Continuation of board game analysis task…
Type of game: Memory/Family Game
Age range: 6+
Number of players: 2+
Aim of the game: “Memorize cards as you play, the winner is the first player to reach the centre of the board.”
How to play:
- Construct the spinner into the middle of the board
- Shuffle the coloured cards in the separate desks and place 9 cards of each deck face down on their corresponding colour coded spaces
- Shuffle the Brain Cards and place them face down where the spot is indicated on the board
- Each player chooses a brain and places it on the start position
- Spin the spinner each, the highest number goes first
- Round 1 – Turn over the 9 green cards and start the timer, all players should memorize the cards
- When the timer is up all cards are put back face down
- Player 1 spins to find out the number of cards to name
- Player 2 points to the cards player 1 must name and the timer starts
- When the time is up player 1 moves the number of spaces of the cards they named correctly
- The green cards are then placed face down again
- Continuing clockwise each player takes one turn to spin and name the green cards nominated by the player to their left
- Round 2 – same as above but both green and yellow cards are in play
- Round 3 – same again but green, yellow and red are in play
- Round 4 – same again but green, yellow, red and blue and are in play
- The game continues until a player reaches the centre of the board
- If a player lands on a Brain Card space they must take on the challenge
- If you spin and land on a Brainstorming session, name as many cards as you can on the board and move that many spaces, if you name any cards wrong though you cannot move at all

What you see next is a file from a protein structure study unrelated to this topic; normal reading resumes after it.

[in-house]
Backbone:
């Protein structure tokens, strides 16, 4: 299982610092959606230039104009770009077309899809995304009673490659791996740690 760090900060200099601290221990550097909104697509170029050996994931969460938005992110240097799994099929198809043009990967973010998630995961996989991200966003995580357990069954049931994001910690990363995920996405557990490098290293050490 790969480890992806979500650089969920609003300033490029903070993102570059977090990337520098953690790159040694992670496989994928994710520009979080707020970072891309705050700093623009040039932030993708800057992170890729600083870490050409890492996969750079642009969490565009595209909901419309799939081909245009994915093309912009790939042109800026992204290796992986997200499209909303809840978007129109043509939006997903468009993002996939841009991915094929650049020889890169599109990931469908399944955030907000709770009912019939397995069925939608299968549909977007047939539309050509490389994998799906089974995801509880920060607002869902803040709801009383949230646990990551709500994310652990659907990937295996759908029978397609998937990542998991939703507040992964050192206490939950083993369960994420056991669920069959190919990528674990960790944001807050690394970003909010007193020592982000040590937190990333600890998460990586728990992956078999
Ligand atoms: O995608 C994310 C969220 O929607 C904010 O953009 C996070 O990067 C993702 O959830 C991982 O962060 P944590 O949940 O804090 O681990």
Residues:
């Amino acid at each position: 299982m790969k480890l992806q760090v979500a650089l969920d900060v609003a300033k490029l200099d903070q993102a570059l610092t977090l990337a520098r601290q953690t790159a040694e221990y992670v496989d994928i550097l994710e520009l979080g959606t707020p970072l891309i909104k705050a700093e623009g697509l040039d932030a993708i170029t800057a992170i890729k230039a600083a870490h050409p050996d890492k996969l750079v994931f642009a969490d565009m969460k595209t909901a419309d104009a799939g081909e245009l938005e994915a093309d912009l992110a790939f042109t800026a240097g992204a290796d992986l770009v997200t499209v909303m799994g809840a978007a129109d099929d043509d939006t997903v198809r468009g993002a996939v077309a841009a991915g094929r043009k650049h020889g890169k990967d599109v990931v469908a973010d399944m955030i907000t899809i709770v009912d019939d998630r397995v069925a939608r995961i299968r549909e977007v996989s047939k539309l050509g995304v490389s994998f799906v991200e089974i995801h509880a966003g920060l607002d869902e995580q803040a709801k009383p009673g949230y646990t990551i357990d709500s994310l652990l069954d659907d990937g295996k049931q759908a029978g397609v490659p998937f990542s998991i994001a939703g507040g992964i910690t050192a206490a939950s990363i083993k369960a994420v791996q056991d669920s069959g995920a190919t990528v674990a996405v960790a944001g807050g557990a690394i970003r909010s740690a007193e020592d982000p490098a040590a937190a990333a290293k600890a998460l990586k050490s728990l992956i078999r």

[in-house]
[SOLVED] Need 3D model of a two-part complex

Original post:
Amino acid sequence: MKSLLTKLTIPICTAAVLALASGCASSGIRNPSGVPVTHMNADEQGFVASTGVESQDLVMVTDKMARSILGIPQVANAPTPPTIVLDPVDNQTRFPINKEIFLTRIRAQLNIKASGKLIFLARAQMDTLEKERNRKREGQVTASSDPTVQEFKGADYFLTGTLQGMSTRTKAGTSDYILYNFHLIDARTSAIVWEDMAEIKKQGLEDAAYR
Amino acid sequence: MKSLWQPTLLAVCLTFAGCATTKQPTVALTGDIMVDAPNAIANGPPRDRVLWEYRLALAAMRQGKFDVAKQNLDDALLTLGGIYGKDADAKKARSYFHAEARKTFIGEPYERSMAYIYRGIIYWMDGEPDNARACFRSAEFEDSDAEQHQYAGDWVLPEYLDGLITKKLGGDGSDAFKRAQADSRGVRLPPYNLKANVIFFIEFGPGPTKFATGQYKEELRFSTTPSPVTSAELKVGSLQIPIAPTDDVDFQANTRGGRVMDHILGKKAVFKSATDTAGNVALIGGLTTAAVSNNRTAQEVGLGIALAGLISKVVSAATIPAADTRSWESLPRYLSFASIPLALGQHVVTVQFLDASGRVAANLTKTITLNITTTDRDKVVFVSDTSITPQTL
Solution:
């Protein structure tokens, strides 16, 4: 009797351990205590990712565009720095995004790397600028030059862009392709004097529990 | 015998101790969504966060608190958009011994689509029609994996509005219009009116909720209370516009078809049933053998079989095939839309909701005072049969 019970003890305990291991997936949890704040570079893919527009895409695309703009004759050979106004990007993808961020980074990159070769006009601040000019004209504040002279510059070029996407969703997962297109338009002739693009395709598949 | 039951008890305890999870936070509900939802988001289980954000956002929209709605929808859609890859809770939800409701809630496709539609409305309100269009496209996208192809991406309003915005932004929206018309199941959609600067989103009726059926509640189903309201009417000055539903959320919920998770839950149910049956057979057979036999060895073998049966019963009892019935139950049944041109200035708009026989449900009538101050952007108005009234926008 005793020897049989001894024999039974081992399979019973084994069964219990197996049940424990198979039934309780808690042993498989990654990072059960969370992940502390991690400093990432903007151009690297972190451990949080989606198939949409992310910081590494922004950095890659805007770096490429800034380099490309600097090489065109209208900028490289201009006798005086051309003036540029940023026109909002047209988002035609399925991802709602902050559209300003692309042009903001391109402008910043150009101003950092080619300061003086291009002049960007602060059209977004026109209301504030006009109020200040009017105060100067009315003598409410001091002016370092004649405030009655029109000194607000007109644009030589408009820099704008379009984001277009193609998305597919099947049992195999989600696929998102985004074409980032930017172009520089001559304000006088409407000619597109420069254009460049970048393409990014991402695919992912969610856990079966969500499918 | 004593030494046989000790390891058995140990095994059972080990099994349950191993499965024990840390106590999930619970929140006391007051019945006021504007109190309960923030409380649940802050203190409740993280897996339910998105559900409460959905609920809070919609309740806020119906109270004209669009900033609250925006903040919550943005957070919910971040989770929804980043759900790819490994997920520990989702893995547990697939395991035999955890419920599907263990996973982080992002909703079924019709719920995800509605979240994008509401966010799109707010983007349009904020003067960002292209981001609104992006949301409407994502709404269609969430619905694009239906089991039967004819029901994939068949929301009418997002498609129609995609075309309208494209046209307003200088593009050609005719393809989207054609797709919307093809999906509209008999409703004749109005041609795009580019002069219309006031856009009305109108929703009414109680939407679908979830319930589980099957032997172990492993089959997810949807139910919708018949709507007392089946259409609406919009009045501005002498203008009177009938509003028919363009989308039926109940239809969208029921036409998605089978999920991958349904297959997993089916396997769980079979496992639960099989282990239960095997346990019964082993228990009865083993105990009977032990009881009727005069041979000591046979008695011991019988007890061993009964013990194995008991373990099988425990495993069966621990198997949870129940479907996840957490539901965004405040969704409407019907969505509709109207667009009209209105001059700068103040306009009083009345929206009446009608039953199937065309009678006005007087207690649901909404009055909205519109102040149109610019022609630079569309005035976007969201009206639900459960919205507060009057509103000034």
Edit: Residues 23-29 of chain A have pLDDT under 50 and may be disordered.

- 1 gameboard
- 45 picture cards
- 45 small word cards
- 45 number cards
- 45 big word cards
- 45 brain cards
- 4 ‘Brain’ pieces
- 1 spinner
- 1 timer
How could it be re-designed?
For Mentalogy the major elements are
- Memory cards, pictures, numbers, words
The minor elements are
- Brain pieces
- Brain cards
- Brainstorming session spinner point
- Move back/forward spaces
When re-designing this game I wanted to stick with the element of training your brain and developing skills as you play. I thought the major element of the memory cards could be changed into 4 skills, 2 stereotypical feminine skills, 2 stereotypical male skills.
These would be 4 rounds in the game which would help you get to the centre of the board.
Female trait 1 – Object location memory
To help “train” this part of the brain the task could consist of having 1 card shown to the player, this would be an image that they would have to memorize every part of against the timer. The image would then be taken away and they would have to pick from 4 images which one it matched. There could be different scenarios, for example a police line up, pick which one is the criminal from the memory card.
Female trait 2 – Empathy
To help “train” this part of the brain, the task could be that the player is shown a card with a picture of someone showing an emotion. Out of three options A, B and C they would have to decide which emotion the person is expressing, again against a timer.
Male trait 1 – Visuo-spatial ability
To help “train” this part of the brain, the task could be that the player is shown a card with an object on like the one sketched on my brainstorming sheet above. From 3 options they would have to choose which one the object was (one would be the correct object rotated, the other 2 would be different objects that may look similar), again against a timer.
Male trait 2 – Targeting accuracy
To help “train” this part of the brain, the task could be that the player gets a dart and has to throw it at a board to try and land on a number for the amount of spaces to move. The higher numbers would be smaller and in the centre and the lower numbers would be on the outside and be larger. Again this would be against a timer.
The different categories could also highlight which part of the brain the person is using to complete the tasks.
For younger children there could be simple tasks and then older children/adults the game could become more complicated.
Analysing this game: I really like this game, I think it’s a good way of incorporating different skills without forcing boys to be empathetic or girls to be logical. It helps the children develop a range of skills to become a more well-rounded individual.